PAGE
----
Select Committee on Home Affairs Memoranda


Submitted by Dr C S J Fazey, University of Liverpool


  1.  The idea that there can be a single policy is inappropriate. A policy that may be appropriate to one illegal drug may or may not be appropriate to all illegal drugs. There is a need to differentiate between illicit drugs from the outset, and not to seek apply universal guidelines that may be appropriate for only one of them. Cannabis, ecstasy, cocaine and heroin may all need to be treated differently from the policymaking point of view.


  2.  Based upon the Government's own figures and those of reputable surveys, as well as on the number of drug-related deaths, then the answer must be no. But this is not to say that policy has had no effect. It can be argued strongly that the situation would be very much worse were the policy not in place.

  3.  However, some aspects of policy need to be implemented more effectively. For example, in-depth drug education courses should be embedded in healthy lifestyles courses that should then be examinable. There is much evidence of failure in drug education courses and a lack of impact on the intended audience. Short courses aimed at giving information about the harmful effects of drug use/misuse may satisfy the needs of parents, teachers and police, as with the DARE (Drug Abuse Resistance Education) programme: but the evidence suggests that they promote only a short-term increase in knowledge; in the long term, they have little effect on the behaviour of young people. These programmes, and many like them, are pronounced a success even before they start, but their evaluation is, on the whole, methodologically prohibitive because there are too many variables at work to isolate the effects of one particular programme.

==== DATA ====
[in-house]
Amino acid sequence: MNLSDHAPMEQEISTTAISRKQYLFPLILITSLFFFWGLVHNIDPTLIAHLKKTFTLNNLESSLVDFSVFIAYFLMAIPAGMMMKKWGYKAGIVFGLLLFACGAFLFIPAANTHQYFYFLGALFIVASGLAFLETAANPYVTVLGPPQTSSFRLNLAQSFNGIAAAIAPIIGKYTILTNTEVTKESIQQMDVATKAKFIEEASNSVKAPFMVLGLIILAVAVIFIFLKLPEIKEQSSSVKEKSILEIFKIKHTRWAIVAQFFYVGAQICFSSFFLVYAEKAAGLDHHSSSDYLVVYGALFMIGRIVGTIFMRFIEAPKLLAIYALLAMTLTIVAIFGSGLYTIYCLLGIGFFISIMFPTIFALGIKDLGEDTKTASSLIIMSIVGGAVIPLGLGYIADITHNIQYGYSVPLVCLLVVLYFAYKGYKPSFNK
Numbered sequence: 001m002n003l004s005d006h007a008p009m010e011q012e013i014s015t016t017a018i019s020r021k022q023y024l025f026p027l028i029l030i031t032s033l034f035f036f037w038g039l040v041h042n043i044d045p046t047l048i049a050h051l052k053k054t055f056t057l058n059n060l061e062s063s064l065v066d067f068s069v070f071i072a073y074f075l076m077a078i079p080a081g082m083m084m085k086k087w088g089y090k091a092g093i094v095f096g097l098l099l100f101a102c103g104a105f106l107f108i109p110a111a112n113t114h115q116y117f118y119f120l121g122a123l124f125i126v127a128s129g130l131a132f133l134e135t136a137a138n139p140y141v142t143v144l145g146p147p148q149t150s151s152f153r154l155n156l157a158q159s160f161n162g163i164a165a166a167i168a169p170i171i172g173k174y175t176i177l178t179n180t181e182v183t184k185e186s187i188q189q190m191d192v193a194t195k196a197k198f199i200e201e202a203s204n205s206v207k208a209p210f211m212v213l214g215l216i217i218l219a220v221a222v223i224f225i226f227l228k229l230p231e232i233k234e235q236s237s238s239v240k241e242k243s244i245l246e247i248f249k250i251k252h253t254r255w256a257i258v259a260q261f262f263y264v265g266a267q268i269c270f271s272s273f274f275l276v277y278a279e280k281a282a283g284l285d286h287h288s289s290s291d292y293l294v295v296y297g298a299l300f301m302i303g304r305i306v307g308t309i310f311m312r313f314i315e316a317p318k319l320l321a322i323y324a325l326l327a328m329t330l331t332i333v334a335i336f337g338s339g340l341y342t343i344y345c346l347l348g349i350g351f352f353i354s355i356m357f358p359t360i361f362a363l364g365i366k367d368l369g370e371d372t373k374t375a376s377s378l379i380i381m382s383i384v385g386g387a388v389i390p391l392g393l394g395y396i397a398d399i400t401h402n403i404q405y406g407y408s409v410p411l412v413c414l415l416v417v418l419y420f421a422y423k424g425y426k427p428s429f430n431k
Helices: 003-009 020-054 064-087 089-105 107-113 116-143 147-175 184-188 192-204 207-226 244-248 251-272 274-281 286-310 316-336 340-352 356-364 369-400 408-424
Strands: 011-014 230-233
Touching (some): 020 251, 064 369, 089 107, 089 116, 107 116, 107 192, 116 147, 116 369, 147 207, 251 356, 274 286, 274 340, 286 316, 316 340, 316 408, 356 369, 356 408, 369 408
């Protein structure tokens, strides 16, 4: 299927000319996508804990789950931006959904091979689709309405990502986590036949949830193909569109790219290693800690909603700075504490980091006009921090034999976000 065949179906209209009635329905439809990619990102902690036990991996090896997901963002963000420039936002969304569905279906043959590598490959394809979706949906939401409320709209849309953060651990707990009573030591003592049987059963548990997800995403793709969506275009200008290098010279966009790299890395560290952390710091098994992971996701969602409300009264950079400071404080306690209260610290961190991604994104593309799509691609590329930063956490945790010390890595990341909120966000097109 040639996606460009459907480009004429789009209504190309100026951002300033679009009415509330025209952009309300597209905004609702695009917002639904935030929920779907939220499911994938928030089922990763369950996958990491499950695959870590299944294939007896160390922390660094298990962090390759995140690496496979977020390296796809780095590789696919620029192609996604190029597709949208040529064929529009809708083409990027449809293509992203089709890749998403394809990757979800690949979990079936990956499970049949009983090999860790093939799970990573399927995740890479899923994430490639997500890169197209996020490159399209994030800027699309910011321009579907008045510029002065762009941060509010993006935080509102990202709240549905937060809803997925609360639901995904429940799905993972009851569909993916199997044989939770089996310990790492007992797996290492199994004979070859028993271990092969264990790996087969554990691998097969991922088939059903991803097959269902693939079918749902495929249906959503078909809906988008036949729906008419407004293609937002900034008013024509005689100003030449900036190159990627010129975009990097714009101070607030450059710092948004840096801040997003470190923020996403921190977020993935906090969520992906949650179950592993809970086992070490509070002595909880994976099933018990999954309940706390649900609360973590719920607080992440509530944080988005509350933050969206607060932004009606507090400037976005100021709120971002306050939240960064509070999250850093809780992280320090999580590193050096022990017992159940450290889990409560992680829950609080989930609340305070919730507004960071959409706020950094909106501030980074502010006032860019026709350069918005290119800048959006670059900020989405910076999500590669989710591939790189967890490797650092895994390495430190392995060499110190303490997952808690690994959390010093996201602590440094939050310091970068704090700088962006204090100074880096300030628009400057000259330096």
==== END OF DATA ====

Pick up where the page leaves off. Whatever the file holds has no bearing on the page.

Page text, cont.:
4.  The first issue here is what is meant by decriminalisation? The options are:

    (a)  complete legalisation;

    (b)  decriminalisation of some parts of the trade, that is to say some aspects would not be liable to criminal sanctions—but which aspects and which, drugs? Is it their cultivation, manufacture, trafficking , distribution or consumption—again for which drugs?

    (c)  cultivation, manufacturing, trafficking and distribution to remain criminal offences, but possession not subject to imprisonment.

    (d)  as (c) above, but possession up to a specified amount (albeit an arbitrary amount deemed, say, an "average" consumption over a certain short period) not subject to legal proceedings.


  5.  There would be an immediate increase in the consumption of illicit drugs that did not attract a legal sanction. At present, the likelihood of being apprehended is by far a greater deterrent than the potential punishment available. Therefore, there might be a switch, say, between alcohol and previously forbidden drugs, as well as an increase in their use. The use of drugs such as ecstasy and cannabis might not increase if current users perceive that their chances of being caught are low, so the potential number of new users might be low. What would probably happen is that there would be an initial rise in consumption due to curiosity, but that the numbers would then fall back. The biggest change might be in buying habits. People would buy in larger quantities for cheapness because they no longer feared being arrested for being in possession with intent to supply.